Thursday, January 09, 2014

The Perilous State of America's Military-Industrial Aviation Complex

Profile Inspired by NJ Gov. Chris Christie
The F-35 "Fat Boy"

The United States is pushing hard and quite successfully to get its allies signed up to order the F-35 stealth light bomber.  Despite all of its flaws, its inflated costs and questions about if it will even work by the time customers receive it, most members in good standing of America's Aerial Foreign Legion will be stuck with it.  In part that's because the F-35 has become the life support system for America's military aviation industry.

In September, right after Boeing delivered the 223rd and final U.S. Air Force C-17, the company announced the line would close in 2015. A month later, South Korea rejected the Boeing F-15 for its F-X 3 competition, dooming the proposed Silent Eagle variant and probably killing the line after the last of Saudi Arabia's current order is delivered in 2018.

In December, the Boeing F/A-18E/F lost the Brazilian FX-2 competition, one of several key international defeats. A pre-solicitation announcement for 36 additional Super Hornets in fiscal 2015, placed by the Navy at the FedBizOpps.gov website in October, was withdrawn several days later, probably under pressure from the Defense Department. The last Super Hornet is scheduled to be delivered in 2016, and Boeing said it must decide this March whether it will preserve the line with company funding.

The problem is not confined to Boeing's legacy programs. Lockheed Martin, which delivered the last F-22 last year, says its F-16 backlog only takes production through mid 2017. Beechcraft's last T-6 is slated for delivery in 2016. Bell-Boeing's V-22 program will expire around 2020, unless funding is found for additional aircraft. While no other U.S. military rotorcraft lines are threatened, 2011-18 procurement is being cut in half.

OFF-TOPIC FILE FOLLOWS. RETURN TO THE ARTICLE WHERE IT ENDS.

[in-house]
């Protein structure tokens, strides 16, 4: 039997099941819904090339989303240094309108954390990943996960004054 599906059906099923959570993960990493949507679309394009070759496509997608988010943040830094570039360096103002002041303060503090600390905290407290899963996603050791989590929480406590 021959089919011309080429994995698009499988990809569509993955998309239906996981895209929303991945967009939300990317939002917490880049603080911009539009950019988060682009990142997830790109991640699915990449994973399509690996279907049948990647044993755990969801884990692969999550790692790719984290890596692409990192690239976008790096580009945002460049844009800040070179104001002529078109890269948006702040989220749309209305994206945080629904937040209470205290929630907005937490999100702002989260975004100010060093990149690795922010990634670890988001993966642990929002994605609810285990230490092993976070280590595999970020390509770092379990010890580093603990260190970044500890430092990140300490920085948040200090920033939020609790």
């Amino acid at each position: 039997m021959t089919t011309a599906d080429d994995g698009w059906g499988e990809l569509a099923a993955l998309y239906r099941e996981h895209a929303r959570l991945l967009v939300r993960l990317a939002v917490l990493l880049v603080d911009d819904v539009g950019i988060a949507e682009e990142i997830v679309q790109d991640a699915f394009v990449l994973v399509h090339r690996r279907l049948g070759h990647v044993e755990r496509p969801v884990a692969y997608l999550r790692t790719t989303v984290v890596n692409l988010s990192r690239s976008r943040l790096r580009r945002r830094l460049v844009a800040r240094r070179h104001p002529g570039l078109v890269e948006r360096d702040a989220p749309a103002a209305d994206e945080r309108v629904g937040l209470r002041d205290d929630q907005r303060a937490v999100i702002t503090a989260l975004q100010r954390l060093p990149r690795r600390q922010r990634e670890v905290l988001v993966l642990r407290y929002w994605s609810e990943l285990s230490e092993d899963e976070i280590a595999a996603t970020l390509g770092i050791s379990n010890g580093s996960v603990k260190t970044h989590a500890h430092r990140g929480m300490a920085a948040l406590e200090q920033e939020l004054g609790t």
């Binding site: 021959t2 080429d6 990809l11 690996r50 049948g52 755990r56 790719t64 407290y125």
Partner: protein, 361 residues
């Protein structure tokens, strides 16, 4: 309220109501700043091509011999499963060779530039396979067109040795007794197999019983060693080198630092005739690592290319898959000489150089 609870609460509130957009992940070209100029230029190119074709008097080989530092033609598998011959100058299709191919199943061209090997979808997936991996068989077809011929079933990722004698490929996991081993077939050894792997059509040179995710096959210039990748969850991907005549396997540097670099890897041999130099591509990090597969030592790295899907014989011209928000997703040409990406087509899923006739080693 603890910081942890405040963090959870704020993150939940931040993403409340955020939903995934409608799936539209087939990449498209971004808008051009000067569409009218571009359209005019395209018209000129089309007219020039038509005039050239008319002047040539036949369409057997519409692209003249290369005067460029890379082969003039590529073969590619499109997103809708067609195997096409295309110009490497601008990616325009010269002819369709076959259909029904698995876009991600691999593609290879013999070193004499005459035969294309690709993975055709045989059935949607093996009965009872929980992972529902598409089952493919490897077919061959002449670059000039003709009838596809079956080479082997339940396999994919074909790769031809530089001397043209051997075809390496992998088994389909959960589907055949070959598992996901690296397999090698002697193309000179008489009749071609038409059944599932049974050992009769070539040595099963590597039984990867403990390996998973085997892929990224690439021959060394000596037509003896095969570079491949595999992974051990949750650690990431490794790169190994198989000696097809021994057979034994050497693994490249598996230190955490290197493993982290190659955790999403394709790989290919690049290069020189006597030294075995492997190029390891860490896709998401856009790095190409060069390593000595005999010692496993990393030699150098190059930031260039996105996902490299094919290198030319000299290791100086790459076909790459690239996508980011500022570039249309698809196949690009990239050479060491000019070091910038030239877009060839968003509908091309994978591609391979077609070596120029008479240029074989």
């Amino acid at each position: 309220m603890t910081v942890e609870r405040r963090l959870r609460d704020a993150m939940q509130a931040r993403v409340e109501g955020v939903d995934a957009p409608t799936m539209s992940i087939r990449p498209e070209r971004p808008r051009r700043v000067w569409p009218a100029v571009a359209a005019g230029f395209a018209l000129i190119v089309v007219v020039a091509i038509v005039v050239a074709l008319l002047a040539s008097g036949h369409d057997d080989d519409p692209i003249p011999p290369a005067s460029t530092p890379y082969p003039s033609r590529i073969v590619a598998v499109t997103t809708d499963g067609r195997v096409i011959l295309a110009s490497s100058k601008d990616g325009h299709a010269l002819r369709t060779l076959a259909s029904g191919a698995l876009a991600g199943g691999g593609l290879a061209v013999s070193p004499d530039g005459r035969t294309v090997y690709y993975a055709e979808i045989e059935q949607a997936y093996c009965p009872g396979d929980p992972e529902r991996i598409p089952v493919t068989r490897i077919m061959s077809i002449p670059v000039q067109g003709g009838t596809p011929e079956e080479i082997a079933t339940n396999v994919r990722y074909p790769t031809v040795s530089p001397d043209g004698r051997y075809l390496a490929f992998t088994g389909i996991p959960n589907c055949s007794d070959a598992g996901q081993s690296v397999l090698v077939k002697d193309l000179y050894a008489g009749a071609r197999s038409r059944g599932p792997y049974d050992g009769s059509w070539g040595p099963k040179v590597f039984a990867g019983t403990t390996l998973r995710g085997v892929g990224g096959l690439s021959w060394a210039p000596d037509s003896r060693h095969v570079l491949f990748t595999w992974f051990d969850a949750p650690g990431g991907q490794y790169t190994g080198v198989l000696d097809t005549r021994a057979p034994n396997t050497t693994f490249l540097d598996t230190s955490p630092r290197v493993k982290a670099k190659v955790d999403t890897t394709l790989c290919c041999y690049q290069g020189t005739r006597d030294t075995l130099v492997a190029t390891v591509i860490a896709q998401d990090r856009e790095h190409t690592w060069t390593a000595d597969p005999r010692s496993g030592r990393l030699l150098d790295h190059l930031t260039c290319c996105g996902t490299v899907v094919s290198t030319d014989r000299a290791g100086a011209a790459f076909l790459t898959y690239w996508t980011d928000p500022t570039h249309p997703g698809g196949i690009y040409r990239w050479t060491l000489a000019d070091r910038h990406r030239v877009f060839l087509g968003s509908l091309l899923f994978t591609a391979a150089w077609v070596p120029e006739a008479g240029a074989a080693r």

That leaves the U.S. with two secure, dedicated fixed-wing military production lines (and only one prime contractor): Lockheed Martin's F-35 and C-130J (see above). Boeing is building its KC-46 tanker and P-8 maritime patrol derivatives of commercial jetliners, but the P-8 is slated to wind down around 2020, too.

Just the two?  Yeah, that's right, two.  Europe has several military production lines running, three for the Typhoon, Griffen and Rafale fighters, plus military transport lines.  Russia has three fighter production lines running, so too does China.  That leaves America having to push the F-35 and push hard.  It's the only bird Uncle Sam has on offer.  Whether it's a turkey or not is beside the question.


4 comments:

Purple library guy said...

Self-destructive behaviour. Why are they losing world-wide market-share? Presumably because of the same problems, writ slightly smaller, they're having with the F-35: Their stuff, thanks to so long in a corrupt relationship with their primary customer of the bottomless pockets, is too goddamned expensive and so alternatives have sprung up or gained popularity.
So they're doubling down on failure. The US empire is deeply decadent and is reaching the point where that decadence drags them down.

e.a.f. said...

what a waste of taxpayer money. all those production lines producing products which kill human beings.

The Mound of Sound said...

That's exactly what they're doing, PLG, doubling down on failure.

e.a.f. - I believe Canada has a legitimate need for an aerial combat capability, especially for air defence. The F-35 is simply designed to do other things,.

Steve said...

Hi Mound, it goes from the bizarre to the absurd. One of the best designed aircraft ever the A10 warthog just was not shiny enough, or maybe it only cost ten mill a copy. So the Apache was penciled in as a replacement. Surprise Surprise Surprise as we see in Lone Survivor a helicopter is slow to get there and range limited. So the MIC is trying to sell the F35 as a replacement for the Warthog. Milo Mindbender rules.